There are also websites, like Wattpad, where you can post your stories up online. I didn't post stories online when I was in middle school because sites like this didn't exist, but I did in high school. It felt great to have people read my work and tell me what they liked about it and that they couldn't wait to read more. A word of warning though, you will also sometimes get people who will not like your story, and they might tell you so. Some of them can be pretty harsh, so I only recommend this if you are 100% sure that such comments won't stop you from writing. Be honest with yourself. If you aren't ready, don't do it. It's not worth it. Another word of warning: some stories online are really . . . weird . . . inappropriate? So watch out for those. Most sites have a rating system. I would always stay away from the hardest ratings.

But people on these websites can sometimes give you pointers because most of them are writers too. This is the kind of advice that you might not get from friends and family.

6. Practice some basics
There are a few creative writing "rules" you will learn in just about any creative writing class. You can start practicing some of them now, if you want. One of the very most important things to learn to do in creative writing is to appeal to all five senses. This means that when you are writing, make sure to mention sounds, smells, sights, tastes, and what things feel like. Doing this helps put your reader into the story.

Another one of the first rules you will learn is "show, don't tell." This means that instead of just telling us that "Suzy was tired," you show us by having her yawn and rub her eyes. Instead of telling us Scout is a disobedient dog, you show us by having him dig holes in the backyard, jump on people's laps, eat food out of the garbage, and barking in the middle of the night.

You don't have to do these rules all the time for everything, but if you want to challenge yourself, you can try them.

7. Find resources
I remember starting college and thinking that I wanted to be an author but had no clue how to get published or where to go to even learn how to get published. I didn't feel like I was getting any professional guidance. So here are some other places you can learn about writing. All of these are geared more toward adults, but there is no reason you can't read or listen to them. Don't try to understand everything at once--it'll be too overwhelming. But just listen and read and take in what you can. It will help you get familiar with terms and give you some ideas. It's also cool to hear actual authors talk about the process.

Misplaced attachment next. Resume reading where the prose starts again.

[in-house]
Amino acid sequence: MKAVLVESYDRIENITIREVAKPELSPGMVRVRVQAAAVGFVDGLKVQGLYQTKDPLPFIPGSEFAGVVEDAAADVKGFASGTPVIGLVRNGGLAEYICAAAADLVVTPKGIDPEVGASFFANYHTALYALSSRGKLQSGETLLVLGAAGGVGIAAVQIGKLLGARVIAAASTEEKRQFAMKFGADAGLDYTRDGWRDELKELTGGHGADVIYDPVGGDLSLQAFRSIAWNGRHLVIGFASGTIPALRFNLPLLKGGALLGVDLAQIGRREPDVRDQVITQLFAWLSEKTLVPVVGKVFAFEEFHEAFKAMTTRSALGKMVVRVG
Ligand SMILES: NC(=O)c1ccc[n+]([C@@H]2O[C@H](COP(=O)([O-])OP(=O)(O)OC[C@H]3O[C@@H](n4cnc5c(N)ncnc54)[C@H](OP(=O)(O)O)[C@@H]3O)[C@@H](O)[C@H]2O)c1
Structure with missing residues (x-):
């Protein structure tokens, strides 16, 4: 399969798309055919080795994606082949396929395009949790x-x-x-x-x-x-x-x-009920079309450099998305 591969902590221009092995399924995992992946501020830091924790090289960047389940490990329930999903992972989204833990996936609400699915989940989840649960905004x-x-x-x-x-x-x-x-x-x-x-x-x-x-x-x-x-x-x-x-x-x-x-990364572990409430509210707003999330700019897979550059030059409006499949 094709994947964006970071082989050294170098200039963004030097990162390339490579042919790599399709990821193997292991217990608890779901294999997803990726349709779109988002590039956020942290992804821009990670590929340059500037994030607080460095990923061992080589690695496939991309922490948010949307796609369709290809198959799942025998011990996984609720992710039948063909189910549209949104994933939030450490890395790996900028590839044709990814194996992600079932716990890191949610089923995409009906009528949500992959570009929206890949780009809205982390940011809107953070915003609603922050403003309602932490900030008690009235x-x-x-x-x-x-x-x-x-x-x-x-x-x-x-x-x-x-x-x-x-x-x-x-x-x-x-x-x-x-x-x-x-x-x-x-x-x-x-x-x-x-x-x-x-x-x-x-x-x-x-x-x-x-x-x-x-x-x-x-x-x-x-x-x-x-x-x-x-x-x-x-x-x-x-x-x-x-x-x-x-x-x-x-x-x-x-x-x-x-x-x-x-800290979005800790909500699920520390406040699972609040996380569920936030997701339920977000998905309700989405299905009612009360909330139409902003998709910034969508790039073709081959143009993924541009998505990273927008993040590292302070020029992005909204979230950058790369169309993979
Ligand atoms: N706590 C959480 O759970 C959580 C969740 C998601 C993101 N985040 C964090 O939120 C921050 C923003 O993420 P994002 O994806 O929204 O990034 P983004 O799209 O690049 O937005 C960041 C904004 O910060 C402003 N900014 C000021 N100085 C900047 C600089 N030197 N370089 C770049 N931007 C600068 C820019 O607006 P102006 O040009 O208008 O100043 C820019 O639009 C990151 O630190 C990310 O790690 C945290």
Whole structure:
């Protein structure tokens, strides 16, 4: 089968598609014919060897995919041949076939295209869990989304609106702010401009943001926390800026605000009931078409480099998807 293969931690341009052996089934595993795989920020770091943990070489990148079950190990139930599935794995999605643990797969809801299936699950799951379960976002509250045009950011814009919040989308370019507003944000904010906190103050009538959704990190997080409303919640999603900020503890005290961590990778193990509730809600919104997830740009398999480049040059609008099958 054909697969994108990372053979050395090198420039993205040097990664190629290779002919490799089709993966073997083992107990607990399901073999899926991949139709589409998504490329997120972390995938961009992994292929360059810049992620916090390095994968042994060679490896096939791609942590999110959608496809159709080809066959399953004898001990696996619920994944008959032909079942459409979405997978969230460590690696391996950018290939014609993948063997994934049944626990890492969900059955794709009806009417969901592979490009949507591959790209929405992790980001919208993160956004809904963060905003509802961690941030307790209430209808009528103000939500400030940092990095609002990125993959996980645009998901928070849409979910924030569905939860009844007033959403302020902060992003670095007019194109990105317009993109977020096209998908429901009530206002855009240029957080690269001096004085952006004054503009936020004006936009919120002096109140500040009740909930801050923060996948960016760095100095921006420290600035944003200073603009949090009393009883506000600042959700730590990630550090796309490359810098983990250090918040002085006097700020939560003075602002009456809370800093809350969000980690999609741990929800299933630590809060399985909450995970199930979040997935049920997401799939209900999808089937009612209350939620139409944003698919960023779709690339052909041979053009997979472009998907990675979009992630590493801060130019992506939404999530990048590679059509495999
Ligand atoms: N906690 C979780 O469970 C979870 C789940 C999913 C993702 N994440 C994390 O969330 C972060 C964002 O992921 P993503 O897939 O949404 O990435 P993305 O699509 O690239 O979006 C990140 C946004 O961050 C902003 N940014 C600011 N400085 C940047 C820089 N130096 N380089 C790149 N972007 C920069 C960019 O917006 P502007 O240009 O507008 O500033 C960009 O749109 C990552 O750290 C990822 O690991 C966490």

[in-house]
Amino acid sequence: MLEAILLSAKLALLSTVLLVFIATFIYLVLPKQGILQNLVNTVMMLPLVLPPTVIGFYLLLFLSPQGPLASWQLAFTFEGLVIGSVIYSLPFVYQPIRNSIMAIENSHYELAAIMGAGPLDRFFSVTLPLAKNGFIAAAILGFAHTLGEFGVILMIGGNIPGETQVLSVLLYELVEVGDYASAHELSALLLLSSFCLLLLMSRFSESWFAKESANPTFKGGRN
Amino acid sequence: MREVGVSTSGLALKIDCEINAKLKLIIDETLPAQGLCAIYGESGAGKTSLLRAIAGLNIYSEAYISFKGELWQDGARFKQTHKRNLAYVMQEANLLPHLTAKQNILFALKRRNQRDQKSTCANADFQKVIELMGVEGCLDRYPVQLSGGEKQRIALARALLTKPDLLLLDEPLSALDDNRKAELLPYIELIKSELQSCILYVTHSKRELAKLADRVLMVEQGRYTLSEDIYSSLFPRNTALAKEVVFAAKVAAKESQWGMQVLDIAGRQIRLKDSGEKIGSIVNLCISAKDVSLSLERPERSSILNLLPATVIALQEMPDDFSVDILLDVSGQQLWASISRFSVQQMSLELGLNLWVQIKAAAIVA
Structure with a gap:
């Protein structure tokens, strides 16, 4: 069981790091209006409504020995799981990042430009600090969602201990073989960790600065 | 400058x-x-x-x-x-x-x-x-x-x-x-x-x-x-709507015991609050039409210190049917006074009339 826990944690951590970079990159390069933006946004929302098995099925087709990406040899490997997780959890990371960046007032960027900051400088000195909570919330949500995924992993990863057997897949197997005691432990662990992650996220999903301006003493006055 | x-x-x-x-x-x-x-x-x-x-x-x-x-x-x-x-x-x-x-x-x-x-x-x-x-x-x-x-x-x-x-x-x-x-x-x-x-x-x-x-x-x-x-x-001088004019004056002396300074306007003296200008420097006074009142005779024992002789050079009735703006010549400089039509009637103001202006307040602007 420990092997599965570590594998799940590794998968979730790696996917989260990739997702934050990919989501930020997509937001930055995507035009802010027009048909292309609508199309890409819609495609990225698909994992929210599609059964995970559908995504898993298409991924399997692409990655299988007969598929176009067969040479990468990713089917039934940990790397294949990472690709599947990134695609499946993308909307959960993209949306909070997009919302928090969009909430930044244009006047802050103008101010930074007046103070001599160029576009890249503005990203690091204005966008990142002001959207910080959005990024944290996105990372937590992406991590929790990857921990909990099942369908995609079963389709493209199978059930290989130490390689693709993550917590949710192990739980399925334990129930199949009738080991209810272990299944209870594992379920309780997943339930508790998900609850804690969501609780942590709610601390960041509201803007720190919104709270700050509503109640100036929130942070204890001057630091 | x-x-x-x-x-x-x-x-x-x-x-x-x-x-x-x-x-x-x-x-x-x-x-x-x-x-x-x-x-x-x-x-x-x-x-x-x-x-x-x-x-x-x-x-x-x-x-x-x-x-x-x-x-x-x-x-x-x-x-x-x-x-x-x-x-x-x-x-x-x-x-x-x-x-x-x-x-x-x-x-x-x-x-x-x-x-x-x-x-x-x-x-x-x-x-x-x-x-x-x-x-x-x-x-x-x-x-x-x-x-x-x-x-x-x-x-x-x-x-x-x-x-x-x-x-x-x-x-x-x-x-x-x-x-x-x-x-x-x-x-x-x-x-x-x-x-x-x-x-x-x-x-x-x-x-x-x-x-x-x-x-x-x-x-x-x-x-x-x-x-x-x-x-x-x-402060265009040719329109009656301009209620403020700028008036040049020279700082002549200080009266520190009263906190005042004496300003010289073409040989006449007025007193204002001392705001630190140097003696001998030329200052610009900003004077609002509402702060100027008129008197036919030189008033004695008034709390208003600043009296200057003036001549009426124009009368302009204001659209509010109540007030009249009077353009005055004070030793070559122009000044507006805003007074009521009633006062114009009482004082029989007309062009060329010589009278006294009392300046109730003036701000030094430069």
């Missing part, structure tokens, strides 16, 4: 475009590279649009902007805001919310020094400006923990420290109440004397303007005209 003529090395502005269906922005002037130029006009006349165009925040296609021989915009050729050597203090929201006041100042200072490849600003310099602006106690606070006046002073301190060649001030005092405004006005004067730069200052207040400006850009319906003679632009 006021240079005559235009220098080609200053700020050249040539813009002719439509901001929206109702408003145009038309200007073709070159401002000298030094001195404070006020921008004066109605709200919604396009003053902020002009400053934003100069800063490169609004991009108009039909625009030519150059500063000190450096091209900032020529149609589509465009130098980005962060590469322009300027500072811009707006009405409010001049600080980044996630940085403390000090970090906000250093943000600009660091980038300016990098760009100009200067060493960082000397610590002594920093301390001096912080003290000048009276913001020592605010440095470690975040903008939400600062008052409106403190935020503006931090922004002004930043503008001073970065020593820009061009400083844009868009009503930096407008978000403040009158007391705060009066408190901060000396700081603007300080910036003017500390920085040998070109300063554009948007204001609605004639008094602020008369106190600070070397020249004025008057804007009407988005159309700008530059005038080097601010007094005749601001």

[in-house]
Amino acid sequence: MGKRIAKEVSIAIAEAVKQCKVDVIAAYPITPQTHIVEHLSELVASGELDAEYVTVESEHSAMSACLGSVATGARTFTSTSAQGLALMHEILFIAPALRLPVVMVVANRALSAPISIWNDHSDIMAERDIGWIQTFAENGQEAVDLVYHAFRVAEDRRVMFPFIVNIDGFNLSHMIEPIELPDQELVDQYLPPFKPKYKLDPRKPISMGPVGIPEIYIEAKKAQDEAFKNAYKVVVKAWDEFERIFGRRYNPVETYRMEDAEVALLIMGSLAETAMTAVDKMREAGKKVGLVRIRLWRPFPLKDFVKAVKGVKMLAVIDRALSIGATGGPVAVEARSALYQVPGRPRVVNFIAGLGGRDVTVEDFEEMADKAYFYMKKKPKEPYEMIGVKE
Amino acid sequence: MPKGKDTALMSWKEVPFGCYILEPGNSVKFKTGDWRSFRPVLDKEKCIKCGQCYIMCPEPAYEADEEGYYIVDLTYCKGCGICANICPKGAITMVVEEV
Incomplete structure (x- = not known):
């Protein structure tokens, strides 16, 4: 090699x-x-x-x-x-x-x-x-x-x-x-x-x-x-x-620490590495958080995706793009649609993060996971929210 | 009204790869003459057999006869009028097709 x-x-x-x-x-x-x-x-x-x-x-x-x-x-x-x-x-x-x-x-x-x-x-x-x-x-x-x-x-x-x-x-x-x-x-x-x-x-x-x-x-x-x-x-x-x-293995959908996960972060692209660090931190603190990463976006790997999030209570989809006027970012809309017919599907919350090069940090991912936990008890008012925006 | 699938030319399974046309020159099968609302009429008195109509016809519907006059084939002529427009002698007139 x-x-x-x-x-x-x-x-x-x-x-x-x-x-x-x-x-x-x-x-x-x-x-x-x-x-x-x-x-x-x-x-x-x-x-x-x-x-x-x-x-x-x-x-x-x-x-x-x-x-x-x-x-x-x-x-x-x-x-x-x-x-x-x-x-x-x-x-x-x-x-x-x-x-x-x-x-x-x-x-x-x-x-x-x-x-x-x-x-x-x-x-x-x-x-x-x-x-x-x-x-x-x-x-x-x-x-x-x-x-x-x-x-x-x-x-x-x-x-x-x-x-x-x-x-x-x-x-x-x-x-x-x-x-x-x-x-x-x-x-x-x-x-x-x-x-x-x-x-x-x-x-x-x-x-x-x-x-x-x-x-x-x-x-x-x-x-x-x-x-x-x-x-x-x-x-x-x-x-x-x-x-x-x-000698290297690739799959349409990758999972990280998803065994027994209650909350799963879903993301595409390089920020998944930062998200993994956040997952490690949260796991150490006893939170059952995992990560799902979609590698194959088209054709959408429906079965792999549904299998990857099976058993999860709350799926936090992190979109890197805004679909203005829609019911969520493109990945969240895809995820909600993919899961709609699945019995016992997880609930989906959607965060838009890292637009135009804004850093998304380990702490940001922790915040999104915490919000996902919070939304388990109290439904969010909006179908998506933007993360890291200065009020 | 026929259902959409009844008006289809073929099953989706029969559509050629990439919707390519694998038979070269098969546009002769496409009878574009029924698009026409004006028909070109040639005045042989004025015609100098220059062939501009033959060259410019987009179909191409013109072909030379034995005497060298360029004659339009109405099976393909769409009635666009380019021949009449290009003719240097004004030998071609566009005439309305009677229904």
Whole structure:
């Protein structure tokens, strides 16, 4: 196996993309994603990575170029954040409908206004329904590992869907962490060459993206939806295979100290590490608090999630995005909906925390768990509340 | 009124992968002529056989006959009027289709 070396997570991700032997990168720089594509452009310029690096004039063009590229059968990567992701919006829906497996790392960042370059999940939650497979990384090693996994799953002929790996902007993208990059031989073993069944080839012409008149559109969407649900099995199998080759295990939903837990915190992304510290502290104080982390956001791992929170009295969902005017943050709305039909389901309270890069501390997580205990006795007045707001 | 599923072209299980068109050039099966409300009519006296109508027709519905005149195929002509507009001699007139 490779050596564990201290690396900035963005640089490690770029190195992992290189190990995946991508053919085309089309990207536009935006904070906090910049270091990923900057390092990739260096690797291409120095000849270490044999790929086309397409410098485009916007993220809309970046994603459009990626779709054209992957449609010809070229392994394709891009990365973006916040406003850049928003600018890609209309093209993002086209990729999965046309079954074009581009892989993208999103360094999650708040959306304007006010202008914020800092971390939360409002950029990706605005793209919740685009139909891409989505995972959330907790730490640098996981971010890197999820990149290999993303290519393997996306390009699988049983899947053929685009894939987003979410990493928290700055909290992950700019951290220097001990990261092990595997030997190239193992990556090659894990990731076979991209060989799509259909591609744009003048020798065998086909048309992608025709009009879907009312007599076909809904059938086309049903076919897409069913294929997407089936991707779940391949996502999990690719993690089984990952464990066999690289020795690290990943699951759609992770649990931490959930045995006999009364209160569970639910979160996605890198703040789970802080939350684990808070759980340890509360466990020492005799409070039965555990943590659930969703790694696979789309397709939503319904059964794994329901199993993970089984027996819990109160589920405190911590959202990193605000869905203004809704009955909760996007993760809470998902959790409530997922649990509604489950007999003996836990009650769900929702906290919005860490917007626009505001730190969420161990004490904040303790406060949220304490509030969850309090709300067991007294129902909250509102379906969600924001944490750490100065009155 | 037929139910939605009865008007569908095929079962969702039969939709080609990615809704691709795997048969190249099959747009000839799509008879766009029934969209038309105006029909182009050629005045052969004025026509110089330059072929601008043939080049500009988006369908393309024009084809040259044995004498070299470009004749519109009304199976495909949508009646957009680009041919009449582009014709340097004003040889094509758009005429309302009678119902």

Writing Excuses Podcast - this is a podcast run by bestselling writers, including a fantasy author, horror author, romance author, and comic writer. You might want to start with the earlier seasons, like why not season 1?

Author's Think Tank - I blog for Author's Think Tank, and so do other writers. They also have a podcast where they interview people like James Dashner (author of The Maze Runner)

Writer's Digest - This is a writing magazine. You could get a subscription to it, but you can also find writing tips on their site.

MyStoryDoctor - Has weekly writing tips.

You don't have to follow all these. You can just follow my blog, if you want. But if you want other places and more writing tips, these are some places you can check out.

Finally, a fellow author told me about this book on writing that is written specifically for middle grades. You might want to get a copy. I haven't looked at it (just found out about it), but I hear it's good. You can check it out here.

And that's it. Hope this helps.


  1. Great post, September! My middle school-aged self would have loved it.
    I can also say that Writing Magic is a great book resource. ^_^

  2. Thanks so much! This helps a lot. :)

  3. I am 38 and when I was in school I never had the opportunity to take a Creative Writing class. I here about them in my favorite shows and it makes me angry. I loved to read all my life. I just wish i can afford to take classes on Creative Writing.

    1. Hi J.C. Yeah, unfortunately they aren't offered everywhere. For adults, they can get pricey. But sometimes you can go to writing conferences and sit through a whole bunch of classes in a matter of a few days! But if that is still too expensive, there are also a lot of resources to learn from online now, and books you can buy on the topic. In any case, that's too bad you missed out on that experience.

  4. My name is J. C. Jenkins Jr and i published the last comment.